-  Cuz the SAT and other standardized tests banned them cuz a bunch of cheating HS kids wrote out cheat sheets and stuff on small strips of paper they rolled up and stuck inside the tube of a mechanical pencil a number of years back to get into college.

Anyone have other theories? 

Studying for the LSAT / Re: please help - cancellation issue
« on: September 30, 2009, 12:20:38 AM »
That sucks that you got injured shortly before the test date.  I hope you are recovering well.

Obviously it is not a great situation you are in with the choices, but based on what you said I would go with canceling it again and re-taking it later as the lessor of two evils.

There is a GIANT difference in the percentile rank between a low/mid 150's score and a low 160's score.

That monumental difference greatly influences the level (ranking, future job prospects, etc.) of LS's your LSAT score puts you in range of for admission chances. 

While 3 cancellations generally looks bad and deserves a good explanation in an addendum to your applications, it looks better than 2 cancellations, one middle of the road mediocre score and one much better score since the schools you apply to would see both scores while reviewing your application and consider both even though most schools now claim to just take your highest reported score.

Depending on the circumstances and details of the struggles and adversities you have faced you can possibly turn this around into a positive in your application materials to get schools to look past 3 cancellations and simultaneously accentuate your strong qualities with a unique/compelling/attention grabbing application if you perform well and score in the 160's with a re-take.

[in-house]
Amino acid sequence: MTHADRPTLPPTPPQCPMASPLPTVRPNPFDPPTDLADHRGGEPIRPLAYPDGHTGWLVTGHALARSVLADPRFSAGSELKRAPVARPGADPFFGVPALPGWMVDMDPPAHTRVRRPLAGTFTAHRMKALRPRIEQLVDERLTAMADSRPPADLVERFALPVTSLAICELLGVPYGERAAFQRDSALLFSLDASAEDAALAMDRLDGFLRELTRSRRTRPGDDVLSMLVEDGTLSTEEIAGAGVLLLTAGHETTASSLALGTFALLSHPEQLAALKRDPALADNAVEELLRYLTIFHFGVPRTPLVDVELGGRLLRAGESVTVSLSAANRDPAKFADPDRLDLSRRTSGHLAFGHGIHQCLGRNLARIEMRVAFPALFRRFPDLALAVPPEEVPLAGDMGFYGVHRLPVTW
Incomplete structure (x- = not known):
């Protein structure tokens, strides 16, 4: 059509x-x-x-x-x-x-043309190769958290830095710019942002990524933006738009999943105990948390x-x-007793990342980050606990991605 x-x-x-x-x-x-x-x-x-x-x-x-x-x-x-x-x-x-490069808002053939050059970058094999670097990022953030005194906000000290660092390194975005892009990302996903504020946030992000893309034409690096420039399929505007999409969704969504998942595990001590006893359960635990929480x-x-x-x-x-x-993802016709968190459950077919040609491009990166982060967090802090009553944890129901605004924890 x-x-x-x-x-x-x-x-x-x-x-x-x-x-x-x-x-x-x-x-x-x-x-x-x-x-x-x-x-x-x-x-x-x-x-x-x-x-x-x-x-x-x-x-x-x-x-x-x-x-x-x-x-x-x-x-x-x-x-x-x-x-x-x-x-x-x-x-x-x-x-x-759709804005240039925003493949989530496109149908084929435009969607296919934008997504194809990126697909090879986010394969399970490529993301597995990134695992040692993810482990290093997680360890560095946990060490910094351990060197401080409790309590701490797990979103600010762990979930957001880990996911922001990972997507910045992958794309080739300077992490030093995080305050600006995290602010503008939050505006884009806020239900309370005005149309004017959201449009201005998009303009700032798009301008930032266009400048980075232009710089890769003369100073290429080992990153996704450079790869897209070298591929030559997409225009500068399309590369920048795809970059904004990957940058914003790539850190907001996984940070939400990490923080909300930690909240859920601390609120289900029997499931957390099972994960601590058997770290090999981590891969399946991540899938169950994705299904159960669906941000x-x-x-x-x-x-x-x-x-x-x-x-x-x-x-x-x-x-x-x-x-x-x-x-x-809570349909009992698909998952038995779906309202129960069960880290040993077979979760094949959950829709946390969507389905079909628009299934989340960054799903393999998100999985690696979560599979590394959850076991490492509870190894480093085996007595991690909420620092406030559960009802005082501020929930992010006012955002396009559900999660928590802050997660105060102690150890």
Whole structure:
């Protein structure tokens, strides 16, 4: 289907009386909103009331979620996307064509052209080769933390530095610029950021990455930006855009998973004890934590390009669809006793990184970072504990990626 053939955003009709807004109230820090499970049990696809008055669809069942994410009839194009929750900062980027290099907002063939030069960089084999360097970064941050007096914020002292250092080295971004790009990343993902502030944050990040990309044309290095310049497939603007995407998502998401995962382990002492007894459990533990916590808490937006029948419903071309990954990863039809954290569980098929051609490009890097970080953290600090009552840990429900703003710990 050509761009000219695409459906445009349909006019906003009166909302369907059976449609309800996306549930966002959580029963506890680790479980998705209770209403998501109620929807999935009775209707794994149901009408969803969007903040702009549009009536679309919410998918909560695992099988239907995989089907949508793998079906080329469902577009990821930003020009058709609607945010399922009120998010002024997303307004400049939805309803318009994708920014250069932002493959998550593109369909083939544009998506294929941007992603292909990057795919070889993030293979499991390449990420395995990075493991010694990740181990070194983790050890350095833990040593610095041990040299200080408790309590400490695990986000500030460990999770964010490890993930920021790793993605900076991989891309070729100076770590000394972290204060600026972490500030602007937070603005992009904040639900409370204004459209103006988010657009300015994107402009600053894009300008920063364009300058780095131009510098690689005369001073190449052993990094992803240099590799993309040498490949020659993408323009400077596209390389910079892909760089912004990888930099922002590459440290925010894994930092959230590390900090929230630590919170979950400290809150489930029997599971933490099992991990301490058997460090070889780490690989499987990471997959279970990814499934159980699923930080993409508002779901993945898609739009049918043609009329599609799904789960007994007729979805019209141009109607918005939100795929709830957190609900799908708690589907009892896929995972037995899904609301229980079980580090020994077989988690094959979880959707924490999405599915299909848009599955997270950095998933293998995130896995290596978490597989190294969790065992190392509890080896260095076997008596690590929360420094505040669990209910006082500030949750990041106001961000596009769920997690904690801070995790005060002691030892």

Something along the lines of illustrating you as a person with the attitude and work ethic of I get Knocked Down, but I get up again, aint nothing going to keep me down!

You could make use of the fact that while physically injured, healing and recuperating, instead of just convalescing in bed and blowing off showing up for the test you pushed yourself to show up and tried your hardest that day in whatever condition you were in.  That demonstrates motivation, dedication and following through with your responsibilities.  Law Schools like hard workers that follow through with their responsibilities and push themselves even when facing obstacles. 

Studying for the LSAT / Re: Two Questions
« on: September 29, 2009, 12:40:40 PM »
Look who's back!

Is it Elvis?  ;)  I think I saw him having lunch at a diner the other day with big foot and Michael Jackson.